The DCCC was quick to point out this is the earliest the Red to Blue program has been implemented in an election cycle. Since taking over the committee from Maryland Rep. Chris Van Hollen after the Democrats lost the majority in the 2010 midterms, Israel, who hails from Long Island, has instituted an aggressive campaign to take back the House. He managed to wipe out the DCCC’s $19 million debt ahead of schedule and is now focused on the fall elections.
Only one of Israel’s fellow New Yorkers made the Red to Blue cut: Former Rep. Dan Maffei, who is trying to win back his old seat in NY-25 from the Republican who forced him out of it in 2010, Rep. Ann Marie Buerkle. Maffei isn’t the only Democrat in the race, however, Syracuse attorney Brianne Murphy is also running, although she’s seriously lagging in the fundraising race.
Israel did put two other New York House races – NY-19 and NY-13 – on a list of six “emerging races districts,” which means the Democrats are going to keep a close eye on those contests to see how they develop.
As of yesterday, there are now three Democrats vying for the right to challenge GOP Rep. Nan Hayworth, who might yet face a primary challenge from Sen. Greg Ball in NY-19.
In NY-13, Democrat Mark Murphy, a (recently resigned) former aide to NYC Public Advocate Bill de Blasio and son of ex-Rep. John Murphy, is formally announcing today that he plans to challenge GOP Rep. Michael Grimm.
Jan 17th - 5:08 pm
The political action committee of the four-member Indepedent Democratic Conference raised $224,207 through contributions over the last six months and has more than $213,000 in the bank, according to the Board of Elections financial disclosure form.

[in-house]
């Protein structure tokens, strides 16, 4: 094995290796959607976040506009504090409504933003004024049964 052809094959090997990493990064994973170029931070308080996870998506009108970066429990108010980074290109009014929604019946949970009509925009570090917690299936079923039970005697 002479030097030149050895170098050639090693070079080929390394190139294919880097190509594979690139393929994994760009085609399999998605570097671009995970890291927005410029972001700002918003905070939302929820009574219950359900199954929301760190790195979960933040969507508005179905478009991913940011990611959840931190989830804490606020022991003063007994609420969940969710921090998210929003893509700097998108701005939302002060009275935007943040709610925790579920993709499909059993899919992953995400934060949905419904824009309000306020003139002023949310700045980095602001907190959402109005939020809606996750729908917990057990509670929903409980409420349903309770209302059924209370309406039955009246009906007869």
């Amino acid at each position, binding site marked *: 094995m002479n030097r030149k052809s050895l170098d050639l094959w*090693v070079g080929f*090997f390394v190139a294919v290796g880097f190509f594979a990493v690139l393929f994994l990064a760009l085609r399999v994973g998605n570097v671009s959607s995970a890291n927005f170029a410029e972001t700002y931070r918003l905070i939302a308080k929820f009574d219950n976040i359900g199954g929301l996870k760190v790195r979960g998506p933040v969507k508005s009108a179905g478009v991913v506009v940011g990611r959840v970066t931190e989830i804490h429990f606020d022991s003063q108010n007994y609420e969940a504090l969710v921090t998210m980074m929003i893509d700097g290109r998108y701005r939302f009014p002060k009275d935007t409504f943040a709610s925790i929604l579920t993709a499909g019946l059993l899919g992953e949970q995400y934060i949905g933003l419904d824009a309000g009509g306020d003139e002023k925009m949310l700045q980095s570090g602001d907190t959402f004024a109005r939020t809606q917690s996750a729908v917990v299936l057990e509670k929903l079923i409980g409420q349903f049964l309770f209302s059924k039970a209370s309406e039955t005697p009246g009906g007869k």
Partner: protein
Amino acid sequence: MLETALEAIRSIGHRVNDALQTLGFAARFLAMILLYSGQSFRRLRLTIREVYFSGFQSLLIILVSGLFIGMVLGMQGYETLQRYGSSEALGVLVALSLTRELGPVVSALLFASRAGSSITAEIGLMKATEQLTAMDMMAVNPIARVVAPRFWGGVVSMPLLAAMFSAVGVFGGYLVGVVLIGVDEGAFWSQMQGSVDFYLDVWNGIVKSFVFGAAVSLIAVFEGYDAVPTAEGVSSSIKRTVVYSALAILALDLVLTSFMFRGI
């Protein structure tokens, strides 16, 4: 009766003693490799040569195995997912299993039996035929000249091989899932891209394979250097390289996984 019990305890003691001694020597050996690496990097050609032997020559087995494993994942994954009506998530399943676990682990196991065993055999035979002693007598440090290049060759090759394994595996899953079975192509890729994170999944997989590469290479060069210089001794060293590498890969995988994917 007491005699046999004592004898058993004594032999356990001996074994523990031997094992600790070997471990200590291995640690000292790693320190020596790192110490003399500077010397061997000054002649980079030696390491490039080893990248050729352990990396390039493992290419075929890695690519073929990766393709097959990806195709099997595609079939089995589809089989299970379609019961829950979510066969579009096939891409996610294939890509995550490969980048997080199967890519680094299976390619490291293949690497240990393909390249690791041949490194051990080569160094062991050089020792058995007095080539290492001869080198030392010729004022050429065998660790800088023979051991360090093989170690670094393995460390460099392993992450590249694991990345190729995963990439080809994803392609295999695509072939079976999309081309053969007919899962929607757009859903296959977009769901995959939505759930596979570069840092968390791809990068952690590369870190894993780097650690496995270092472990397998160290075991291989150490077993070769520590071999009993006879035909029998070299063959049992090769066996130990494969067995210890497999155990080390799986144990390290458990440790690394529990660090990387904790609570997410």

The PAC, first reported here, was formed with the possible duel purpose of protecting the incumbent lawmakers and even recruiting new members to the fold.
The IDC has a prodigious fundraiser in its leader, Sen. Jeff Klein, D-Bronx, who formed the group a year ago after expressing dissatisfaction with Senate Minority Leader John Sampson, D-Brooklyn.
The IDC also includes Sens. Diane Savino, David Valesky and David Carlucci.
The group has largely kept to a policy-driven agenda through its “thought raisers,” but remains a thorn in the side of the remaining 25 Democrats in the Senate.
But the IDC has formed a noticeably tight alliance with Senate Republicans on several key votes, including a measure that would prevent independent redistricting for another decade, further frustrating Democratic lawmakers.
Among the more interesting contributors: Genting New York donated $5,000; the Yonkers Raceway PAC donated $2,500; the New York Gaming Association donated $4,000.